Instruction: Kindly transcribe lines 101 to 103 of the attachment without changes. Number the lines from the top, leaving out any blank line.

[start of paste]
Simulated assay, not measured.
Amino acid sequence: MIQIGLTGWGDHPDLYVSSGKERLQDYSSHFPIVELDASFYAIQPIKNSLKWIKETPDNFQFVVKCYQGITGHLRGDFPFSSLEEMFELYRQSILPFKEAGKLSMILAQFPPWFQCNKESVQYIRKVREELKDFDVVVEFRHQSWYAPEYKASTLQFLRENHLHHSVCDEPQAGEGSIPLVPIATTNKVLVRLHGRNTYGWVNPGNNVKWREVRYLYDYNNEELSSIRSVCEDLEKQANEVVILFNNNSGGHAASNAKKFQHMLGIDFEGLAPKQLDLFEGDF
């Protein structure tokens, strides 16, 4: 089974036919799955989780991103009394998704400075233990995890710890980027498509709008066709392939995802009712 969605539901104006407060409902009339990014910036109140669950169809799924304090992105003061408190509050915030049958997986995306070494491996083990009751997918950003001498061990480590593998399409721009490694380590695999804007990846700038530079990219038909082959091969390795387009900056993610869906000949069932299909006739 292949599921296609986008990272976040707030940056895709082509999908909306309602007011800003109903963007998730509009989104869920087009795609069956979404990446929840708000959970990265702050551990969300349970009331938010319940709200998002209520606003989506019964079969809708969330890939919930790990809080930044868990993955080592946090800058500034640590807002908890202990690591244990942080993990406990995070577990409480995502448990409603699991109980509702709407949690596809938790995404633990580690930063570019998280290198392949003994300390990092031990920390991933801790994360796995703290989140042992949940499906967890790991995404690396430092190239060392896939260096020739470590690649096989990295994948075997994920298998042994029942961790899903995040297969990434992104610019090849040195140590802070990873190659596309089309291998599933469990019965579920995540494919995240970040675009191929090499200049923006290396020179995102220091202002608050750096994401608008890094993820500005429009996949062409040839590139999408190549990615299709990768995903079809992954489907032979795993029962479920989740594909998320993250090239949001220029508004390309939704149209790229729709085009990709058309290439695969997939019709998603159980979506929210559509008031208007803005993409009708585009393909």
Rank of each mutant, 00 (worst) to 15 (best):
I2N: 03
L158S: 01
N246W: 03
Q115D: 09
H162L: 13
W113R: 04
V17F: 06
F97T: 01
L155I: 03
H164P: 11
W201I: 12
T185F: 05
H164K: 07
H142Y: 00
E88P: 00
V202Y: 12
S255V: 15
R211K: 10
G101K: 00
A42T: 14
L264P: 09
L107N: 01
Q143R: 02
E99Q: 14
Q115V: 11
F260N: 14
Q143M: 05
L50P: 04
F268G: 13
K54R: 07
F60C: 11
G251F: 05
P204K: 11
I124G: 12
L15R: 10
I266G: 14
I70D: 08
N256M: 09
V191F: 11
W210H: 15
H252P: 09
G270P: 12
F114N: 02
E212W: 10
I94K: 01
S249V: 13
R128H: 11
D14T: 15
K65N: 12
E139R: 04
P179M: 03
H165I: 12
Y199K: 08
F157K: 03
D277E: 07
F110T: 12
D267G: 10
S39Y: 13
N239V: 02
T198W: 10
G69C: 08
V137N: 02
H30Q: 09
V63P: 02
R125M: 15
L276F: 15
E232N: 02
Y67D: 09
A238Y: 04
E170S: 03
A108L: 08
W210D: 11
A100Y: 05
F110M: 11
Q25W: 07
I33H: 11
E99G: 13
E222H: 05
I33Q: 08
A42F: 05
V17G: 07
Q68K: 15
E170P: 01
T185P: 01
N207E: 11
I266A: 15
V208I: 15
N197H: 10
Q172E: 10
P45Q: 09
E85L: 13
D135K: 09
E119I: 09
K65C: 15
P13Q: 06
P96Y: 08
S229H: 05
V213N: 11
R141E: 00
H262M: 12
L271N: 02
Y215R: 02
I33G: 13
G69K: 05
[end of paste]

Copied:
S229H: 05
V213N: 11
R141E: 00